16.4.1.14 Replication and MEMORY Tables

When a master server shuts down and restarts, its MEMORY (HEAP) tables become empty. To replicate this effect to slaves, the first time that the master uses a given MEMORY table after startup, it logs an event that notifies slaves that the table must to be emptied by writing a DELETE statement for that table to the binary log.

When a slave server shuts down and restarts, its MEMORY tables become empty. This causes the slave to be out of synchrony with the master and may lead to other failures or cause the slave to stop. For example, INSERT INTO ... SELECT FROM memory_table may insert a different set of rows on the master and slave.

The safe way to restart a slave that is replicating MEMORY tables is to first drop or delete all rows from the MEMORY tables on the master and wait until those changes have replicated to the slave. Then it is safe to restart the slave.

The size of MEMORY tables is limited by the value of the max_heap_table_size system variable, which is not replicated (see Section 16.4.1.28, “Replication and Variables”). A change in max_heap_table_size takes effect for MEMORY tables that are created or updated using ALTER TABLE ... ENGINE = MEMORY or TRUNCATE TABLE following the change, or for all MEMORY tables following a server restart. If you increase the value of this variable on the master without doing so on the slave, it becomes possible for a table on the master to grow larger than its counterpart on the slave, leading to inserts that succeed on the master but fail on the slave with Table is full errors. This is a known issue (Bug #48666). In such cases, you must set the global value of max_heap_table_size on the slave as well as on the master, then restart replication. It is also recommended that you restart both the master and slave MySQL servers, to insure that the new value takes complete (global) effect on each of them.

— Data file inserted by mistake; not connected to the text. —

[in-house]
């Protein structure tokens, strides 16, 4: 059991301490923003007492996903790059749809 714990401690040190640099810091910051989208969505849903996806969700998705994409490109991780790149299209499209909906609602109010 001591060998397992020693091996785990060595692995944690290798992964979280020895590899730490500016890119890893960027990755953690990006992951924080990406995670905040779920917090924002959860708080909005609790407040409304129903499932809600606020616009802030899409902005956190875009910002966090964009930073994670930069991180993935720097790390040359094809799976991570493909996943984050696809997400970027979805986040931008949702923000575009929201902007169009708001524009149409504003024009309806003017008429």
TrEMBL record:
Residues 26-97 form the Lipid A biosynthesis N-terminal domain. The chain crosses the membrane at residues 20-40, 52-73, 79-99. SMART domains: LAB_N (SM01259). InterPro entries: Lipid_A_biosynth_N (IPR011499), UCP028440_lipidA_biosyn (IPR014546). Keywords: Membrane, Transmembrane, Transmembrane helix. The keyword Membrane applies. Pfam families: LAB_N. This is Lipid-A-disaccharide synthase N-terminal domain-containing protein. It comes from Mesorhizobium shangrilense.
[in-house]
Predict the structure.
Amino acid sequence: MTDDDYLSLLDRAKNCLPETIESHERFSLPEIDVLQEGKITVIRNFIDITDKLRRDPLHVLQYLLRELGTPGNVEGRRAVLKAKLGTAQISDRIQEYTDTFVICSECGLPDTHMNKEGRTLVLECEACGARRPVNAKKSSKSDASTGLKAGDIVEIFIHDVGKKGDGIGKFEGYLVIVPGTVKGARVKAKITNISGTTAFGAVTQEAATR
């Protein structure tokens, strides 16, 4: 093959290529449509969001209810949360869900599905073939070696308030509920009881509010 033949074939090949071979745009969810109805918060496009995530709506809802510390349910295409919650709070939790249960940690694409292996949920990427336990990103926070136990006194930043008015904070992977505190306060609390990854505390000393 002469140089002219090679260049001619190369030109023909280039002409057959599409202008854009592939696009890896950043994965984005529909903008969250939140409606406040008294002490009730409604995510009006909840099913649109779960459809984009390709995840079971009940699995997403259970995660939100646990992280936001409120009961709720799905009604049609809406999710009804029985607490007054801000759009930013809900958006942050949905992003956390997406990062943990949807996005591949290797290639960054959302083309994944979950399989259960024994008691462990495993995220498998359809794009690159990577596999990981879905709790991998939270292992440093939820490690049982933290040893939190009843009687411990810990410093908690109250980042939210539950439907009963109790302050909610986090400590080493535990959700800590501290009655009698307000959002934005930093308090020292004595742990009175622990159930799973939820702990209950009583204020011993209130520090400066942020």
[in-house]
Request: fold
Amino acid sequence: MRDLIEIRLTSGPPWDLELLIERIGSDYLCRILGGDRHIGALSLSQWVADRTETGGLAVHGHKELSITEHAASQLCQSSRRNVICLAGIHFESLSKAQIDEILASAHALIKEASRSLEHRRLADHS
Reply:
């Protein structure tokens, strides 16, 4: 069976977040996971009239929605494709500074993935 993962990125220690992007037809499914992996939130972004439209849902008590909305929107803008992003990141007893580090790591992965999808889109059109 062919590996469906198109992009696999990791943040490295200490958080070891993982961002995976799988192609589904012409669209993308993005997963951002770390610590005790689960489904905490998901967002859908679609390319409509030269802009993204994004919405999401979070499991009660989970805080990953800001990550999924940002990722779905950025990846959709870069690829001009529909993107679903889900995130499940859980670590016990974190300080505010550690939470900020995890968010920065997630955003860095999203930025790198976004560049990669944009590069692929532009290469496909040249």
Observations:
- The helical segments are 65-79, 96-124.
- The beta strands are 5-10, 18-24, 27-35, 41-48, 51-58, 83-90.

See Section 14.4, “The MEMORY (HEAP) Storage Engine”, for more information about MEMORY tables.